When James Taylor and I wrote the book “Smart (Enough) Systems: How to Gain Competitive Advantage by Automating Hidden Decisions,” we focused mainly on those kinds of decisions that are managed by a “decision service.” A decision service is an embedded applet that fires decisions in stream, typically by employing a ruleset (a set of declarative statements) and a business rules engine.
When James Taylor and I wrote the book “Smart (Enough) Systems: How to Gain Competitive Advantage by Automating Hidden Decisions,” we focused mainly on those kinds of decisions that are managed by a “decision service.” A decision service is an embedded applet that fires decisions in stream, typically by employing a ruleset (a set of declarative statements) and a business rules engine. We dealt at length with both predictive modeling and optimization, but the goal was to automate “little decisions that add up,” like credit line increases or call center responses, not, “Should I buy Yammer?”
You develop a decision service like the one we proposed with predictive modeling, as the models inform the rules engine with what to do, but that wasn’t the focus of the book. In the five years since we wrote the book, some organizations have developed and expanded the idea of decision services, combining predictive modeling, business rules, entity analytics, optimization and cognitive computing. The goal is to provide decision services addressing both horizontal applications (customer, risk, pricing and performance management, for example) and platforms (big data and decision management analytics).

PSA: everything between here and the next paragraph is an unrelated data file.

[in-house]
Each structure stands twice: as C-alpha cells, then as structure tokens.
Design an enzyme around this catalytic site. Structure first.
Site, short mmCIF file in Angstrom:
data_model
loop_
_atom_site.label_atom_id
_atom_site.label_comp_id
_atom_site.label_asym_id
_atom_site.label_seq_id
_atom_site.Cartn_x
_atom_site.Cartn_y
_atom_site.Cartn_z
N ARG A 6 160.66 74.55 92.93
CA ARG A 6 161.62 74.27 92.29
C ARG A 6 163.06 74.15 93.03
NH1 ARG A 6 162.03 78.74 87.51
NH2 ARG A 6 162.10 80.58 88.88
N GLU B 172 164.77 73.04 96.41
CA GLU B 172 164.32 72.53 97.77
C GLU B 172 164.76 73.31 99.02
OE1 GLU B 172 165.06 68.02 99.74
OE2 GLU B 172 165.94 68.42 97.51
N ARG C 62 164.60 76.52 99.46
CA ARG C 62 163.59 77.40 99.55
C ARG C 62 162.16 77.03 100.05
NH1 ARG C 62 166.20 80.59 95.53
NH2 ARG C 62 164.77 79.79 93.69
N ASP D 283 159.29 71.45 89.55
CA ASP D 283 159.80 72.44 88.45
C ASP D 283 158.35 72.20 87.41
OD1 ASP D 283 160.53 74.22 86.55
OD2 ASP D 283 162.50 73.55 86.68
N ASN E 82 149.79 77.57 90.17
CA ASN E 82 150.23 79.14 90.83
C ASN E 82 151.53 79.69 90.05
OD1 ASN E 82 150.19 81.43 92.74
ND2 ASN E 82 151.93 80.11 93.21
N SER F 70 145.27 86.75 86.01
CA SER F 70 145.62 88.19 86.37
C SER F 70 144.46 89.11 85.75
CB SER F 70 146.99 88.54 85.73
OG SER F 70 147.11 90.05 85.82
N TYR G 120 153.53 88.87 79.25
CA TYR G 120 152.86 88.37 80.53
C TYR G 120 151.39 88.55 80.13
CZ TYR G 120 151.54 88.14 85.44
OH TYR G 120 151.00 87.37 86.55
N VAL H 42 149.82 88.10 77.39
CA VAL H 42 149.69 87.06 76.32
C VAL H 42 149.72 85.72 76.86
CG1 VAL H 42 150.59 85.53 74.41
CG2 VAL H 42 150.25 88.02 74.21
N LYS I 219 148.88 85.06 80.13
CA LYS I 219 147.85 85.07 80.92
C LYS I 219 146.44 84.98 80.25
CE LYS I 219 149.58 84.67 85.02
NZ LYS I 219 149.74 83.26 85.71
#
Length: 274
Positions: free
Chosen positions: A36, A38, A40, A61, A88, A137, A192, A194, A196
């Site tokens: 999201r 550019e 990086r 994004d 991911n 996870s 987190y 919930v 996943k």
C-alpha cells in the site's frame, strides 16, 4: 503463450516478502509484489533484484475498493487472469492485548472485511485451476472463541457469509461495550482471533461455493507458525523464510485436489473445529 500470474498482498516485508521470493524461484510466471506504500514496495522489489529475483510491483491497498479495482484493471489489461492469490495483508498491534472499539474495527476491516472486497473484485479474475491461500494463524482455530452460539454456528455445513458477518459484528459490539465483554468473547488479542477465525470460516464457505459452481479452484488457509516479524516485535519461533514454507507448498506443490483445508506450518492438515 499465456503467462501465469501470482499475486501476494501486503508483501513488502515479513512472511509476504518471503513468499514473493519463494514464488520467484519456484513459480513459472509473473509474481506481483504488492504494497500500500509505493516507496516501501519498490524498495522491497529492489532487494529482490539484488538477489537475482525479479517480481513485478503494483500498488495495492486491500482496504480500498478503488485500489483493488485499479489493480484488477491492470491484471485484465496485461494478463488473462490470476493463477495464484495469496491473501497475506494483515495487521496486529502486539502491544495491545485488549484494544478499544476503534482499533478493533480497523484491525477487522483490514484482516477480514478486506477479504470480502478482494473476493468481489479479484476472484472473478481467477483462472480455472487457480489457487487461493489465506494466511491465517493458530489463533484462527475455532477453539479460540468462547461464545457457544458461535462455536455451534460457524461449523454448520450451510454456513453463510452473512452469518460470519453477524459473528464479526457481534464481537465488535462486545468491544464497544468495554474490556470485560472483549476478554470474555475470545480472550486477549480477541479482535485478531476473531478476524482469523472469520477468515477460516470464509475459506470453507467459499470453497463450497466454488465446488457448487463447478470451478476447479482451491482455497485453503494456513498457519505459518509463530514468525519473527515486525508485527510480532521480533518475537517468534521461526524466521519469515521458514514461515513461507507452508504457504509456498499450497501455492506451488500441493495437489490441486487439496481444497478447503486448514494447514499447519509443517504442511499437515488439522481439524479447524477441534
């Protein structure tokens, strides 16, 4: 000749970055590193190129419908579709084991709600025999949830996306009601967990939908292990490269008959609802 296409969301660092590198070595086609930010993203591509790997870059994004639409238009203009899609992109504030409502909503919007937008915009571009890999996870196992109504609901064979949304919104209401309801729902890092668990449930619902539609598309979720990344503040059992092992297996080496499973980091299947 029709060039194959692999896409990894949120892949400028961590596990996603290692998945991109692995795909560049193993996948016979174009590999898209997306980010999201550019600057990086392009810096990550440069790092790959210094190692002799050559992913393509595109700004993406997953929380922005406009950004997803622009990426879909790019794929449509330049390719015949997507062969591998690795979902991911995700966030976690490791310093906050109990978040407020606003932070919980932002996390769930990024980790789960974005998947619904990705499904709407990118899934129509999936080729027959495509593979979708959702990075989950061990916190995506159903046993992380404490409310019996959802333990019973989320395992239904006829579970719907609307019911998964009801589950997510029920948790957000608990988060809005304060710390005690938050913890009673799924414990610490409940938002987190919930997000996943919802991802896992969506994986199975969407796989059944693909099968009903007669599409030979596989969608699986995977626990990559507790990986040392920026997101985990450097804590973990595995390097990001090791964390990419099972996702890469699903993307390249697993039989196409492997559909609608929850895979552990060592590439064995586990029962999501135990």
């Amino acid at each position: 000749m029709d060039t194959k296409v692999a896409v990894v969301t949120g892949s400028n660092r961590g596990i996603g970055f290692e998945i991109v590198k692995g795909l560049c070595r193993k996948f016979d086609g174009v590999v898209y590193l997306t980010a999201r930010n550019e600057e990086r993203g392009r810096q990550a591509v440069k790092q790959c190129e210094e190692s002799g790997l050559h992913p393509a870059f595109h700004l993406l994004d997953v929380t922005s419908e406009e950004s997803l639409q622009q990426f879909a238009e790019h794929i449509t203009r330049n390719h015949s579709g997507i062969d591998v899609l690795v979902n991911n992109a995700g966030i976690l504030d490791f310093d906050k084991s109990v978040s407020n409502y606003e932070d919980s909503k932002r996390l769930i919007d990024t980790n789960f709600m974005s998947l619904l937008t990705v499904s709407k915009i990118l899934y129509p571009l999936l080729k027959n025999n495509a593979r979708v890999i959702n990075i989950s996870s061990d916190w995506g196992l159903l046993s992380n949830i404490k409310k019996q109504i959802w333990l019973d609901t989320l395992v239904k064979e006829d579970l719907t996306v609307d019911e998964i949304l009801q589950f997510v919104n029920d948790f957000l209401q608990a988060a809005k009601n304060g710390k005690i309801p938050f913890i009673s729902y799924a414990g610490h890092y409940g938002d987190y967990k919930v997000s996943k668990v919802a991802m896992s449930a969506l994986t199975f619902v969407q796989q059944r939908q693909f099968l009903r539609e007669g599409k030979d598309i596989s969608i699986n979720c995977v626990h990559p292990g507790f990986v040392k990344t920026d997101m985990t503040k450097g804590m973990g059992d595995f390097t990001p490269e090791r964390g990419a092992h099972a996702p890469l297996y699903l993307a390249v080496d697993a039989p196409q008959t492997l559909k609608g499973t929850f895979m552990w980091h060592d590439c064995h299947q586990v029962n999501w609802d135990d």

Where these newer decision management proposition expands on James’ and my decision services proposition is the ability to provide advice and recommendations to the full spectrum of strategic, operational and tactical decisions, automated or not. The goal of is outcomes, not features.
I do wonder how much this costs and how long does it take: like an ERP initiative, or a data warehouse or just flip a switch? No answer is forthcoming yet. This mega-approach may sound daunting, but in the demos, I ‘ve seen very useful and intuitive amalgams of these components that are clearly ready for the enterprise, such as analytics at scale, analytics with uncertain data, visualization, and the future of cognitive computing like IBM’s Watson plus decision management.
On the subject of Watson, I have some concerns. For my money, Watson was a cute name for a system to compete on Jeopardy! But Watson is composed 41 interoperating sub-systems including Natural Language Processing, Voice Recognition, Text Analytics, knowledge representation including ontologies and a host of other features. I don’t know if IBM will stick with the name, but they are offering the capability through the cloud under the title “Cognitive Computing.” The first commercial customer was WellPoint, a decision I’ve been unimpressed with and written about previously, but they have also announced what seems to be an oncology assistant at Memorial Sloan-Kettering. There are others, but IBM does not disclose that yet.